AN impressive kilt collection, a bright pink panto dame dress and a comedian’s jacket rescued from a skip are all reminders of Glasgow’s theatrical past.

The small-but-beautiful costume collection inside the Royal Conservatoire of Scotland’s archive is a treat.

This week, it welcomed its latest garment, a red and white bolero jacket worn by Scots comedian of yesteryear, Jack Anthony.

The jacket, decorated with silvery brocade, was donated by theatre-lover and businessman Ken Lawton, who found it by accident.

“I was in a local high school, which was due to be demolished, and spotted it hanging on a rail of old show costumes and rags destined for the skip,” explains Ken, who is from East Kilbride.

“The label had the name Jack Anthony written on it, and the date 1945. Jack was a famous comedy actor from the 40s – so it seemed important to stop this little piece of history from being thrown out.”

Jack Anthony was a Scottish comedian popular in concert parties, music hall and pantomimes from the 30s to the 60s.

He was born in Dennistoun in Glasgow, and performed with the Millport Players,

He appeared at the Pavilion in the 30s, 40s and 50s, alongside other well-known names of the time such as Dave Willis and Harry Gordon.

He wore the red bolero jacket – on loan to the Pavilion along with other pantomime costumes, from Edinburgh firm W. Jardine and Sons - in the 1945 panto, Puss in Boots, playing Jackie Bunion, a Spanish Onion.

In 1954, Jack did an 11-week coast to coast tour of America.

Ken, who has been involved in amateur theatre, including East Kilbride Rep and EK Light Opera Club, for most of his adult life, has kept hold of the jacket for many years, but was keen to see it preserved in the RCS archives.

“It deserves to be properly looked after, rather than stuck in my loft,” he smiles. “I’m delighted it has found a safe home here.”

The Royal Conservatoire of Scotland’s archives and collections are a delight – shelves and shelves of musical instruments, manuscripts, memorabilia and more, all stored in the Whisky Bond in Maryhill, under the watchful eye of archives officer Stuart Harris-Logan.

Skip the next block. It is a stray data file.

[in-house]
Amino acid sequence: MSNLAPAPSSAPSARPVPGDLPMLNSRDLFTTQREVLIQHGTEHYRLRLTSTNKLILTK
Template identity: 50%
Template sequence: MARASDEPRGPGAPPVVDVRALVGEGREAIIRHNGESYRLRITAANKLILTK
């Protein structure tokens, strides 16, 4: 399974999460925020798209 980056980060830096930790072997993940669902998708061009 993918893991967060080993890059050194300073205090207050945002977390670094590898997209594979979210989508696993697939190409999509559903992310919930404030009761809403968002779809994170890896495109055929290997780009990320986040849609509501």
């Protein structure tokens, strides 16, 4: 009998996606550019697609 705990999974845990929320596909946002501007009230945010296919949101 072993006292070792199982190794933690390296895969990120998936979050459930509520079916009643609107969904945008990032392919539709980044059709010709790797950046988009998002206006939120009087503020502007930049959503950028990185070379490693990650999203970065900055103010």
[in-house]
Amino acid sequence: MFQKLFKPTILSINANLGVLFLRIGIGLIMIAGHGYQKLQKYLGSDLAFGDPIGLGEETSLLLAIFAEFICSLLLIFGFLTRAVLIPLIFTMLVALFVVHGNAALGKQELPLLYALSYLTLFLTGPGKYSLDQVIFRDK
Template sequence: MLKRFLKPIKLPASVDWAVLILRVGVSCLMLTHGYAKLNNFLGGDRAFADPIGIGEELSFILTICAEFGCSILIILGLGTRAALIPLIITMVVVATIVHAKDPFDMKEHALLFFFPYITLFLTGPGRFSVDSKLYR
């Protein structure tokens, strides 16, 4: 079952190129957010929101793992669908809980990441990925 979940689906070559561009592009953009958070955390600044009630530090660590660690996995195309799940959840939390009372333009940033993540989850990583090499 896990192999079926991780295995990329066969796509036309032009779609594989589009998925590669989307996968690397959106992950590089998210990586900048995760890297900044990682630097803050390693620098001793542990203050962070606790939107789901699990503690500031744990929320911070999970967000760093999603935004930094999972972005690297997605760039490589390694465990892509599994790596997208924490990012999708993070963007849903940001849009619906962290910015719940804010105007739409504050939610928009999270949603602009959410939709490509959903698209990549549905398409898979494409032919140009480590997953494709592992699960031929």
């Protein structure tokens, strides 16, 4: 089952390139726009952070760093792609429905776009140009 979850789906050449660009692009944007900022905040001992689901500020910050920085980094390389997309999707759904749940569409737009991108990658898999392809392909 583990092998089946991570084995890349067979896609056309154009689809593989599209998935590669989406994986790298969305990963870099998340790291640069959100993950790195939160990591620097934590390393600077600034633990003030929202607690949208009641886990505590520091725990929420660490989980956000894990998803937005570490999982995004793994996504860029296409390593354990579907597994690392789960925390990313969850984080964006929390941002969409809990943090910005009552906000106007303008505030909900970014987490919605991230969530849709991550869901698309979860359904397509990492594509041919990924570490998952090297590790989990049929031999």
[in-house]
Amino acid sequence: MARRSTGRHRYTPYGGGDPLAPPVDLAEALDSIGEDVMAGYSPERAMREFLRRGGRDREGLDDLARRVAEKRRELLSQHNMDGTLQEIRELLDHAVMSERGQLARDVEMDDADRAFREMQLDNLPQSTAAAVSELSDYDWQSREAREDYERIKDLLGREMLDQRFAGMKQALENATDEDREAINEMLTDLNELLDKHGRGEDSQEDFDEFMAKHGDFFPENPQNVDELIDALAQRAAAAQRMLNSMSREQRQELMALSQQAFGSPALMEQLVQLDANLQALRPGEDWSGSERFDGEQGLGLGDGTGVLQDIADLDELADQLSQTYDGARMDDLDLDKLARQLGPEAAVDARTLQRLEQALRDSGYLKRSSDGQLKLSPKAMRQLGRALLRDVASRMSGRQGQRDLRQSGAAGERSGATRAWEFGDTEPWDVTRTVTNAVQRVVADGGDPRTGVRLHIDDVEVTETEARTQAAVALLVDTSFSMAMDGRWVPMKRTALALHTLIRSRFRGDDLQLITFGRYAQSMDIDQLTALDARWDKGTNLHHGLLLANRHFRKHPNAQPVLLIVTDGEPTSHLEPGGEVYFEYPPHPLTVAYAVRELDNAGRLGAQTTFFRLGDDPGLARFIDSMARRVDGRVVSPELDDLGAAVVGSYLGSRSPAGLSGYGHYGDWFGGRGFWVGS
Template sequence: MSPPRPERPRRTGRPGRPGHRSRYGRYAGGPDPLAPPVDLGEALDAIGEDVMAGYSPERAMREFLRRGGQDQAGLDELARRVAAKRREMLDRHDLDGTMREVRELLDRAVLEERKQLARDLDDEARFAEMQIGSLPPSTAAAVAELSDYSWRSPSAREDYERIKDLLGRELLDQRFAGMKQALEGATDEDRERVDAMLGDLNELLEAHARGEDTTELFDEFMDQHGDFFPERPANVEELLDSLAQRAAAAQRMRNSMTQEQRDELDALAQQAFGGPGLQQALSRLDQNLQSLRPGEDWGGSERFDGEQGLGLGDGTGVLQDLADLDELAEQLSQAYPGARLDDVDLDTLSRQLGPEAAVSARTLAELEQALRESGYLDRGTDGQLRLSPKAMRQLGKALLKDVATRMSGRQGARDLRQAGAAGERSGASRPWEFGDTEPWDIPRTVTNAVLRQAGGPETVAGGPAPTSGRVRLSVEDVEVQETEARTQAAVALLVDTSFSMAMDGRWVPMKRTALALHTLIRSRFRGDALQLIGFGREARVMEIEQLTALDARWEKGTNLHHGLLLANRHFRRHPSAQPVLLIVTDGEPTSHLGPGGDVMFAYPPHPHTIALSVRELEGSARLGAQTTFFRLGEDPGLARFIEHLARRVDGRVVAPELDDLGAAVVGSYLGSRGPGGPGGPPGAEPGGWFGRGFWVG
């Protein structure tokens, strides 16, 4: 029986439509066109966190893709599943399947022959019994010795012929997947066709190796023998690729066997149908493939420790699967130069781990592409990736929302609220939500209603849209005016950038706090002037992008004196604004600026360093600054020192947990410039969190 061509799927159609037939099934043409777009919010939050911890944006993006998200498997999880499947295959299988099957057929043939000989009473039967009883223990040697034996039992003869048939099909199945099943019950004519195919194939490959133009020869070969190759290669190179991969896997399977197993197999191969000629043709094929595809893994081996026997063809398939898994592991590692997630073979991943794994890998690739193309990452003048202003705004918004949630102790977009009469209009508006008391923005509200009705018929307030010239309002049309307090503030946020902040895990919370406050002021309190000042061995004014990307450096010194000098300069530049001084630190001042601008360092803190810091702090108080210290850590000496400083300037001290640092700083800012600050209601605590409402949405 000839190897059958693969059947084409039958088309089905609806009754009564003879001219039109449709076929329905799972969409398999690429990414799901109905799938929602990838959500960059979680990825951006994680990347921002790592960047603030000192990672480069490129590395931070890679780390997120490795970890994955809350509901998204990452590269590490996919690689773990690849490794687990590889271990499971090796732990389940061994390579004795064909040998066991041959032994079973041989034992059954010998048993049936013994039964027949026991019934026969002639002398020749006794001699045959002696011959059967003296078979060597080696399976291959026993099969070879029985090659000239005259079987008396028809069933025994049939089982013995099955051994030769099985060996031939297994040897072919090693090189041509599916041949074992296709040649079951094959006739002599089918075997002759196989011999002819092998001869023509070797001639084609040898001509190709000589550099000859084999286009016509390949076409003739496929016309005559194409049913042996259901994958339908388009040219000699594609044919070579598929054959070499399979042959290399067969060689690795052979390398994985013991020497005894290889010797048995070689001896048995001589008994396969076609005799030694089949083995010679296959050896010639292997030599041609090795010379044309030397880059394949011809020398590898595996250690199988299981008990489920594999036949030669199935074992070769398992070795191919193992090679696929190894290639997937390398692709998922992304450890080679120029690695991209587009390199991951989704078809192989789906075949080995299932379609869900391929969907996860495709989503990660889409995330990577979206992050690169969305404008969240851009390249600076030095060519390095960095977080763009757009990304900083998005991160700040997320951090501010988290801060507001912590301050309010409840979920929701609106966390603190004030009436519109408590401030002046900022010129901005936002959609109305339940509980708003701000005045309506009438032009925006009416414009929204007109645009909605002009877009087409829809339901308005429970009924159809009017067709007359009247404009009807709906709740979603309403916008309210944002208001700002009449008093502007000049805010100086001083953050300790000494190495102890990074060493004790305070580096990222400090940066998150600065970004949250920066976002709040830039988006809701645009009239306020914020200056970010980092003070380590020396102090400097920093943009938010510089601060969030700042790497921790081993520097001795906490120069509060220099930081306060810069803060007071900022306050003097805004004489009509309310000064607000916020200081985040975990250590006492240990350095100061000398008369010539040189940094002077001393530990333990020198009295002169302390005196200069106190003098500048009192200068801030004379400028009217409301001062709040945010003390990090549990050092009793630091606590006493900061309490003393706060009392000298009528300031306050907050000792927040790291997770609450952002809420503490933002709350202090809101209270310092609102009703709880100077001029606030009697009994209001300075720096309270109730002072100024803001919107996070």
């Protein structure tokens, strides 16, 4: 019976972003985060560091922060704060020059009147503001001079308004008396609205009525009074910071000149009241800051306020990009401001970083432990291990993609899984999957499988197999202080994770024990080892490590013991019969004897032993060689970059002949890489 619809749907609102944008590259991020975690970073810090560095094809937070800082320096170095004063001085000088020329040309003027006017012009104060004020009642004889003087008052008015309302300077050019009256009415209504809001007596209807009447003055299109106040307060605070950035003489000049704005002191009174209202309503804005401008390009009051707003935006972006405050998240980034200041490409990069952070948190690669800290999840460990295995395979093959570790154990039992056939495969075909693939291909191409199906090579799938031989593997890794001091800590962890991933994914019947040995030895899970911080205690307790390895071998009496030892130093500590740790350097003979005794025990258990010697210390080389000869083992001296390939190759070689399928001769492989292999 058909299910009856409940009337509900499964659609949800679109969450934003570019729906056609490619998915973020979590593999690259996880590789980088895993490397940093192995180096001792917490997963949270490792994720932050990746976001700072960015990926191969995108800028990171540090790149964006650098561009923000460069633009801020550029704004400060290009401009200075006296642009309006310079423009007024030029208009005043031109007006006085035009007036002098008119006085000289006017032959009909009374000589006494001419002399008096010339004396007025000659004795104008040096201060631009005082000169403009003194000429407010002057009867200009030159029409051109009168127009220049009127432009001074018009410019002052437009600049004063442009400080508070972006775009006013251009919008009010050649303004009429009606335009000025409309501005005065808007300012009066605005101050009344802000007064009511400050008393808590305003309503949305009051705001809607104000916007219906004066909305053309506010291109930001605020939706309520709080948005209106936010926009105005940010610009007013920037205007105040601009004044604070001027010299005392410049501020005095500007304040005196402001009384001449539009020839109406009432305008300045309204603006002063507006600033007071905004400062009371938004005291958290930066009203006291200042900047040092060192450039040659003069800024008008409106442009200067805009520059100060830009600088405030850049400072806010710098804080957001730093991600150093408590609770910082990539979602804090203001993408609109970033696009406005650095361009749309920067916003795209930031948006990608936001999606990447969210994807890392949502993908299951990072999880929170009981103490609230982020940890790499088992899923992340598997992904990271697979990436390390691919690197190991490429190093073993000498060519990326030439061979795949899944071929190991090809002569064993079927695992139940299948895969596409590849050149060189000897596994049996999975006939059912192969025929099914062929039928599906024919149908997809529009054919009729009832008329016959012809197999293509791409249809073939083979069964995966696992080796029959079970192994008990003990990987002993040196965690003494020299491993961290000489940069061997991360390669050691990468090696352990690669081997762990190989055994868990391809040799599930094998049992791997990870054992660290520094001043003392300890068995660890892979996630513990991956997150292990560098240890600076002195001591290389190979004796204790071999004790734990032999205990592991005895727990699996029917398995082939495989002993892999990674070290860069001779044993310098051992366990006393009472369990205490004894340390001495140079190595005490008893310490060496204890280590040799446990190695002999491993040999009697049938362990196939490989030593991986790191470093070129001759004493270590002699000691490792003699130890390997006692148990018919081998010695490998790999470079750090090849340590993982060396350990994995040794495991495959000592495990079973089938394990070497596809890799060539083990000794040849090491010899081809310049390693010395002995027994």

Space is at a premium, so there is not enough room for a full costume archive.

The items of clothing which are there, however, are lovely little reminders of some of Scottish theatre’s greatest acts and supporters.

There are panto outfits worn by Jimmy Logan in the 50s, 60s and 70s, including a bright fuschia dress and a sparkly red sequinned ringmaster’s coat; an impressive collection of kilts won by Scottish singer Kenneth McKellar, famous for bringing in the New Year on the White Heather Club each Hogmanay throughout the late 1950s and 60s, and a blazer and scarf, dating back to the 50s, donated by a former student.

Stuart says: “Clothes and props are iconic – people remember them.

“They add a splash of colour to an archive, which tends to be full of dusty documents and black and white photos.”

Music and fashion were always the passion for Walter Wolfe, the Glasgow-born clothing retailer and patron of the arts who died in 2012.

He was a piano student at the RCS (when it was the Glasgow Athenaeum in 1938) and moved on to become a governor, a trustee and a benefactor.

In 1981, he was awarded a cherished fellowship for his services to the then Academy.

Walter was well known for his dapper dress sense, usually topped with his signature fedora and cravat, and the archive is now home to some of his summer hats which are put on display during the RCS’s annual festival of new music.

“We always put one of his hats on display during the RCS Plug Festival which showcases the works of new composers,” explains Stuart. “He was such a supporter of new music and this way, he is still with us.”

He added: “Glasgow has a rich and varied performance history and items like this have their own story to tell. It’s important we look after these treasures so future generations can know about Jack Anthony, and the many theatres – now gone – in which he used to perform.”

He added: “We are indebted to Mr Lawton for his kind and generous donation.”

Which famous characters do you remember from the theatres and music halls of old Glasgow?

Do you recall visiting the city’s famous pantomimes as a child?

We would love to hear more about your theatre memories - please email or write to:

Thanks for the Memories, c/o Features Desk, Evening Times, 200 Renfield Street, Glasgow G2 3QB.